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Flood insurance 'crisis' may hurt St. Pete Beach real estate market

Published Aug. 29, 2013

ST. PETE BEACH — City officials are worried that rising federal flood insurance costs for home and business owners will pummel the local real estate market and property tax revenue.

"There is a looming flood insurance crisis that is about to hit us," Vice Mayor Marvin Shavlan told the City Commission this month.

Evidence of that crisis is already apparent as real estate sales fall through when buyers discover that their flood insurance bills could be as high as $24,000 a year, Shavlan said.

"It will significantly slow down the real estate market. People are scared to buy older homes," agreed Jake Holehouse, an agent at Holehouse Insurance in St. Petersburg and a longtime St. Pete Beach resident.

"We are all very concerned about the outcome," said Doug Swain, an agent at Re/Max Preferred in St. Pete Beach. Another agent lost a big sale this month because of the flood insurance rate increase, he said.

Congress, reacting to the extensive damage caused by Hurricane Sandy, changed the rules for flood insurance in July 2012 with the goal of collecting enough premiums to cover claims made under the federal program.

As a result, insurance rates are expected to sharply escalate beginning in October to rates that in many cases could be significantly higher than home mortgages.

Many homes in St. Pete Beach are below base flood elevation.

And anyone who purchased such a home after July 2012, absentee homeowners who live elsewhere 80 percent of the time, and any homeowners whose flood insurance policies lapsed or were canceled will feel the effect first, Holehouse said.

He cited an example. A home built in 1960 and 7 feet below base flood elevation was valued at $148,000 when it was purchased in March but will have an annual flood insurance premium of $22,400.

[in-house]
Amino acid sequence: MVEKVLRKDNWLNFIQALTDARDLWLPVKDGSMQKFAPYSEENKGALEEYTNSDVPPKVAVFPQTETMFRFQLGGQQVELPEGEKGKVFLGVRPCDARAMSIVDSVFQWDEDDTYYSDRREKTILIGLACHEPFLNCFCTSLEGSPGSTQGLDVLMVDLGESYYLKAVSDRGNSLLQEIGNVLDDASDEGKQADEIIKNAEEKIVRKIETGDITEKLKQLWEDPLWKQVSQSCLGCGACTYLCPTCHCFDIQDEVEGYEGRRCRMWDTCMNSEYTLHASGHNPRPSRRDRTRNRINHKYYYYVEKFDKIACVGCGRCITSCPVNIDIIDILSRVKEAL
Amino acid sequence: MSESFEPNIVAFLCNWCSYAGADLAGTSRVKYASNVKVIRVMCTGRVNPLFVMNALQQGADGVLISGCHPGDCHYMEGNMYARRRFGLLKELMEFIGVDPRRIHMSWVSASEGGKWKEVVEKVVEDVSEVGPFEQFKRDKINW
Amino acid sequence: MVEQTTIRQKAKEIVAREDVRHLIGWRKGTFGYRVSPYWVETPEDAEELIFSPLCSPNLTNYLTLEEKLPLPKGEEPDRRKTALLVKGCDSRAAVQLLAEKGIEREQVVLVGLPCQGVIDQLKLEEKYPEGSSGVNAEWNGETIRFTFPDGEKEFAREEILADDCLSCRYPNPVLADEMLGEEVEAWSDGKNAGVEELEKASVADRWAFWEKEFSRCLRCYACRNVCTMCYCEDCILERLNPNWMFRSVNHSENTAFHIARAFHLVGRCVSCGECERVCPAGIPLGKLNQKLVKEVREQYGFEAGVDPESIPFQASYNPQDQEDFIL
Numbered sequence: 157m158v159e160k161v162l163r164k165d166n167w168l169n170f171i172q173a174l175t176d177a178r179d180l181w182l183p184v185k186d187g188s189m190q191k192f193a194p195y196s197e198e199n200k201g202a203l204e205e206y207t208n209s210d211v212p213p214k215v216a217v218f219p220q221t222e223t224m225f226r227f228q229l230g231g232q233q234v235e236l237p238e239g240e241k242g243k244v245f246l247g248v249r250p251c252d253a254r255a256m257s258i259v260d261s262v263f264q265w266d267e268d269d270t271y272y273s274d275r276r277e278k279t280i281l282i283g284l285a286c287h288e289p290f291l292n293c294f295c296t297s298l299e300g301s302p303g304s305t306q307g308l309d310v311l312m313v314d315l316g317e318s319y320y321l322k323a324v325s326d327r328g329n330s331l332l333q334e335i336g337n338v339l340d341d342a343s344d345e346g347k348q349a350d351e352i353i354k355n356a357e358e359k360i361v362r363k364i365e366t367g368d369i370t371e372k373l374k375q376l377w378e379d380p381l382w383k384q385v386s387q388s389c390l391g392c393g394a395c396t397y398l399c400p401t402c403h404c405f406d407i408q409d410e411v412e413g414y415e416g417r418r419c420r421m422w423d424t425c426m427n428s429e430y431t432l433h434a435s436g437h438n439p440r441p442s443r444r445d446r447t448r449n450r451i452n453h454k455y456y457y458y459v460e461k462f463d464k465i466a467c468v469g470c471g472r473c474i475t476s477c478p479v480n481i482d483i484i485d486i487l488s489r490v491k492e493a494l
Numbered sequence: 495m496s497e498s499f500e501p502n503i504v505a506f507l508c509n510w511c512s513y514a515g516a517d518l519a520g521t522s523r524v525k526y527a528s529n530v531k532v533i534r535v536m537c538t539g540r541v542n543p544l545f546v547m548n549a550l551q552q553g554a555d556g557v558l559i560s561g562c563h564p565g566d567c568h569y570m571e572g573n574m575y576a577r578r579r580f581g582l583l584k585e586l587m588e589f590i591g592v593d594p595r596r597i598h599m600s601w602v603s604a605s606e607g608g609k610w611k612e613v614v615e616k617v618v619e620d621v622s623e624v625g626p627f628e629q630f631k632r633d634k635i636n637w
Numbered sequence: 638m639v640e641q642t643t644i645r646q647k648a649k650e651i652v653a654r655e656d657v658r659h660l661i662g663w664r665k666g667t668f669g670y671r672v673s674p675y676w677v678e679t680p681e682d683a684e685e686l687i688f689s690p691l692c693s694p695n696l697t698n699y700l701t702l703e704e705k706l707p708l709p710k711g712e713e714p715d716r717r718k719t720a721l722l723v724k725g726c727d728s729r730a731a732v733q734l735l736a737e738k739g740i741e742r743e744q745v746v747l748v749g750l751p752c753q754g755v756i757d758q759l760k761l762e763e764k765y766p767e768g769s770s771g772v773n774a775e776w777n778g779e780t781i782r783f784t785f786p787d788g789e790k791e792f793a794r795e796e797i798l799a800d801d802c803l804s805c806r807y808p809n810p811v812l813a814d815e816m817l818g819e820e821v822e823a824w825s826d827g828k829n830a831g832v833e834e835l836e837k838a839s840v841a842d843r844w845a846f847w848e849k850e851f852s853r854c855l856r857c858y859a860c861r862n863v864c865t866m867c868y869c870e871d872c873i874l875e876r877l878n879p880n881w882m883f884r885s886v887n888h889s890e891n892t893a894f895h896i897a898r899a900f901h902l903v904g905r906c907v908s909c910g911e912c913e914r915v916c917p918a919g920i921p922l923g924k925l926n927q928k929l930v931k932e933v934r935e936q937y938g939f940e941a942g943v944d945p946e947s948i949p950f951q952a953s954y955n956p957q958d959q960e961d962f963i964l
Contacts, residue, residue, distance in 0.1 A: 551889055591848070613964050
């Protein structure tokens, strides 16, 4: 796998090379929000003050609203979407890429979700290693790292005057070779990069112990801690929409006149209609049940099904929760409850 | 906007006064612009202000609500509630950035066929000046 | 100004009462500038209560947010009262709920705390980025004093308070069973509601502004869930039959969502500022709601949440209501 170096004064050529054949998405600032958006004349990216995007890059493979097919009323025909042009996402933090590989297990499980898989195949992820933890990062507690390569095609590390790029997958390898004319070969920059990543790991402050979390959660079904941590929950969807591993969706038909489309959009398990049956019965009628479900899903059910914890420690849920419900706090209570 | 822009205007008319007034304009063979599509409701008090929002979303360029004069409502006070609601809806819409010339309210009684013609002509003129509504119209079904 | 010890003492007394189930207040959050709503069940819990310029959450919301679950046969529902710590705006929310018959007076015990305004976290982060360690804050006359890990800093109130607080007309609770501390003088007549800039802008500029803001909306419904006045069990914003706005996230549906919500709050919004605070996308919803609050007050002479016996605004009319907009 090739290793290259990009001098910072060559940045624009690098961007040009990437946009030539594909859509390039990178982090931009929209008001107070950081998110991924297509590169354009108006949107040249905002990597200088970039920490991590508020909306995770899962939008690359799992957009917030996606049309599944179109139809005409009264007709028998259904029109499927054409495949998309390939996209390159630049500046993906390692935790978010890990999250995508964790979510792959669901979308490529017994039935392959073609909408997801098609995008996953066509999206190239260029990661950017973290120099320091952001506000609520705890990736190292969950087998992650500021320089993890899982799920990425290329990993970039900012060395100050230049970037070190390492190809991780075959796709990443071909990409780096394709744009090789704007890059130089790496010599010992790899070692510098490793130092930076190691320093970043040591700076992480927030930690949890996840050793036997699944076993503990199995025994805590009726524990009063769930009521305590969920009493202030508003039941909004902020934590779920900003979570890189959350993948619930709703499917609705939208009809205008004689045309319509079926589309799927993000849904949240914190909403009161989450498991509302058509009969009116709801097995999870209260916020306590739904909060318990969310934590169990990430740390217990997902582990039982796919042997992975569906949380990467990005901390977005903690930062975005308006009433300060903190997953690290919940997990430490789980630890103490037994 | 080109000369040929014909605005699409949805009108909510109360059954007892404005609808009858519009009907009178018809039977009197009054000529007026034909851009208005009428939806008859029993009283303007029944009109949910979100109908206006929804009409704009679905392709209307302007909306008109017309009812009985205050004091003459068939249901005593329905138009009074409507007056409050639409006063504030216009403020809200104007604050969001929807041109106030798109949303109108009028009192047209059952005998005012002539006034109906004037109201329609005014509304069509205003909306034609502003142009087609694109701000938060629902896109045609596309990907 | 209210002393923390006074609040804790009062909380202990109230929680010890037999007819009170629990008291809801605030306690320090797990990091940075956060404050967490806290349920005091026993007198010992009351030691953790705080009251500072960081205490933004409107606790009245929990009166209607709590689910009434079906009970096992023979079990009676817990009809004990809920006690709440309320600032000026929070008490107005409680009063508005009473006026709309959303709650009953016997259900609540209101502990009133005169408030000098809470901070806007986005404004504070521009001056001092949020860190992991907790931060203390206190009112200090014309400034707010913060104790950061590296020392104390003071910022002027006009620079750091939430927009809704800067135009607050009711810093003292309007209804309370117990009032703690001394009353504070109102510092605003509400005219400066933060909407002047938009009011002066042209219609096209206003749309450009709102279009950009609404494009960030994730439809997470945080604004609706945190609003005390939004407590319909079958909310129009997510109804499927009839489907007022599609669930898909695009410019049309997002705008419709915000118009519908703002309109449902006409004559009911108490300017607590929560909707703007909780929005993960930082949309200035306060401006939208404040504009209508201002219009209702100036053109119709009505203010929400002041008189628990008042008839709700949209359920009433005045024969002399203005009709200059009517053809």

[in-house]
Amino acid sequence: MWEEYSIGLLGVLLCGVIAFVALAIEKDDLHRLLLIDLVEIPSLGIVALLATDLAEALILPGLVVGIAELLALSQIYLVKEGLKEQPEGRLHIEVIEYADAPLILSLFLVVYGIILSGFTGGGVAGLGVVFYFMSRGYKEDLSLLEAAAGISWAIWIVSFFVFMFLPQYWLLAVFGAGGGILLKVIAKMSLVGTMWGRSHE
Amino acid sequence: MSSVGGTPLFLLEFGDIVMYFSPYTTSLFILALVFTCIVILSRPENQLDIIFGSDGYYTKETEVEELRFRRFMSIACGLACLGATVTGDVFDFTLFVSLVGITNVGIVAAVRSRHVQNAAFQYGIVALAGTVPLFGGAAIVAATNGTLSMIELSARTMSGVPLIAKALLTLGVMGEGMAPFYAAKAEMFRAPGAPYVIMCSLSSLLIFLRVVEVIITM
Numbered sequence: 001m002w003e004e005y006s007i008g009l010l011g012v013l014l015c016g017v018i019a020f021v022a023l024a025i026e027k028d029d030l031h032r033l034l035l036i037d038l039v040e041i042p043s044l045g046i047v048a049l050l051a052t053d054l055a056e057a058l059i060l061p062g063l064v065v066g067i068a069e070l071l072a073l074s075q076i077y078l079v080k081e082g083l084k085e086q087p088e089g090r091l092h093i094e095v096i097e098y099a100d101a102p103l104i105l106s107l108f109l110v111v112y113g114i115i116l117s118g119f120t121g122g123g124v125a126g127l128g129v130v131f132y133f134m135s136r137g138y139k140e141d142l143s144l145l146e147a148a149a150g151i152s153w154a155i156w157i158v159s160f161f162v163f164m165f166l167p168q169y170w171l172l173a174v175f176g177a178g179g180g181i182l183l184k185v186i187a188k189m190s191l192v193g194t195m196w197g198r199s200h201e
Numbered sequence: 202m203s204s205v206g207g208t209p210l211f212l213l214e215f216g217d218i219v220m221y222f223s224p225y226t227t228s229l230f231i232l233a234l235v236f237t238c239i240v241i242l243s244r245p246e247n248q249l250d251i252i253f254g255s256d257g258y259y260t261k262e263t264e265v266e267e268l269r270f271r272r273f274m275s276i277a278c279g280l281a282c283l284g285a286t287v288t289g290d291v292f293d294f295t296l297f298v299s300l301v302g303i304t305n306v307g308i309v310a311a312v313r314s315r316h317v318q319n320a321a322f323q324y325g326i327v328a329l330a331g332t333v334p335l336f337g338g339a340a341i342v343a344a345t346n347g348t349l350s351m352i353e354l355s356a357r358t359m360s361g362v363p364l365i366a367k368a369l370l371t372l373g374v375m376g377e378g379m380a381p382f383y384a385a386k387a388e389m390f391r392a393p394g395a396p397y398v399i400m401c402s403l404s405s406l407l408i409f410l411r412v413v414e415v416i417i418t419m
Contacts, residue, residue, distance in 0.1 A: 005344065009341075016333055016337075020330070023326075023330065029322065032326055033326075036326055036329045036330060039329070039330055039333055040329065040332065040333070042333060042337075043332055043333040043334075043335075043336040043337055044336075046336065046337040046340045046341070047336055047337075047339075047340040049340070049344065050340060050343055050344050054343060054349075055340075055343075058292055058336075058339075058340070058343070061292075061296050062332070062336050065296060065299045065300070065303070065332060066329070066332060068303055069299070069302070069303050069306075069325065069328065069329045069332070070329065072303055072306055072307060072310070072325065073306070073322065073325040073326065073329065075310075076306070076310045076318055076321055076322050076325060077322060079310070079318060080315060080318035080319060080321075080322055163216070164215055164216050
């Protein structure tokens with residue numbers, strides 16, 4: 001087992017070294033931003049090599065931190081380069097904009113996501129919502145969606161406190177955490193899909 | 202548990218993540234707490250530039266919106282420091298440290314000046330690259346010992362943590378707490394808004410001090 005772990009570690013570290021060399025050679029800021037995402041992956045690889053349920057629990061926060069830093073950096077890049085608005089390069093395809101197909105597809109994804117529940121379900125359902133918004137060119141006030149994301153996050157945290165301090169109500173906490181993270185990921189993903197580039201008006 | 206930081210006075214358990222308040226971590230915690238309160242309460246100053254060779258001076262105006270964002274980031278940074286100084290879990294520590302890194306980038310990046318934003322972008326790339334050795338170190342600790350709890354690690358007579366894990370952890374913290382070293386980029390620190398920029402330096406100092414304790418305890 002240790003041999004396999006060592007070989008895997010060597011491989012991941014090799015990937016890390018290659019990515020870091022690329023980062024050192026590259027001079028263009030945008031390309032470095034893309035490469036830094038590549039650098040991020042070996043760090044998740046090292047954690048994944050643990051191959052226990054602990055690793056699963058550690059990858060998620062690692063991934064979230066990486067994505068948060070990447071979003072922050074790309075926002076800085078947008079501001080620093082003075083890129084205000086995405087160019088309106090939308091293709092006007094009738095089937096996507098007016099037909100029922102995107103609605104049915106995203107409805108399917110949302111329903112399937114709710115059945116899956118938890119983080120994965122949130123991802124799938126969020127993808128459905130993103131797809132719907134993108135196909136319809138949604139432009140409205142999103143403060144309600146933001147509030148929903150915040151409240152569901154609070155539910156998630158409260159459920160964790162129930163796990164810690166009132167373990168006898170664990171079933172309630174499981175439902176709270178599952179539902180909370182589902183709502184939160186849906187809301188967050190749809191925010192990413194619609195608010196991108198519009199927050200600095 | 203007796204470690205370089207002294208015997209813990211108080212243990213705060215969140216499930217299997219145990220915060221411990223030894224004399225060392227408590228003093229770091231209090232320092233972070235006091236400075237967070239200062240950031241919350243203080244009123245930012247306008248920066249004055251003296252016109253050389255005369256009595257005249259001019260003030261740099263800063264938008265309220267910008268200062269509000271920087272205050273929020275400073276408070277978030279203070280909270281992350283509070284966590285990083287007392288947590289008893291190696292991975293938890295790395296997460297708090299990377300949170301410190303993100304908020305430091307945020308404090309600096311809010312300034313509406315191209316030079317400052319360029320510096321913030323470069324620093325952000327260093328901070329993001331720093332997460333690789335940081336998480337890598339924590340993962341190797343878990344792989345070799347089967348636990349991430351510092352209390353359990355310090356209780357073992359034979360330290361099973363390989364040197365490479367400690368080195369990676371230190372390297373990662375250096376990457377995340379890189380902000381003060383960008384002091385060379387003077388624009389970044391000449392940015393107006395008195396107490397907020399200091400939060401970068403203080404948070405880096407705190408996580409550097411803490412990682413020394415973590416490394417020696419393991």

Similarly, Holehouse said, the new owner of a 1956 home 8 feet below flood level is now paying $1,960 but will have to pay $29,100 after Oct. 1.

"It will affect the city's ad valorem tax revenues as values drop because people have a hard time selling their homes," Shavlan said.

Current property owners in the A zone now paying about $2,000 a year for flood insurance will see their premiums jump 25 percent in October and rise to about $11,000 over the next eight years, Holehouse said.

Homeowners in the V zone now paying about $4,000 a year could see their rates soar to nearly $24,000, he said.

"And it is affecting a lot more than waterfront homes," he stressed. "Starting in 2014, homes built before 1974 that are below the flood plain will no longer be grandfathered and get subsidized rates."

In fact, any home that is below the flood plain — an elevation measurement that could be made even stricter in years ahead — will see flood insurance premiums rise, according to Holehouse.

"It's robbery without a gun," Commissioner Lorraine Huhn said.

The commission authorized Commissioner Jim Parent to pursue the issue at the Florida League of Cities.

The city also plans to urge the Barrier Islands Government Council to join in a lobbying effort to get Congress to reduce the impact on Florida structures in high-risk areas.

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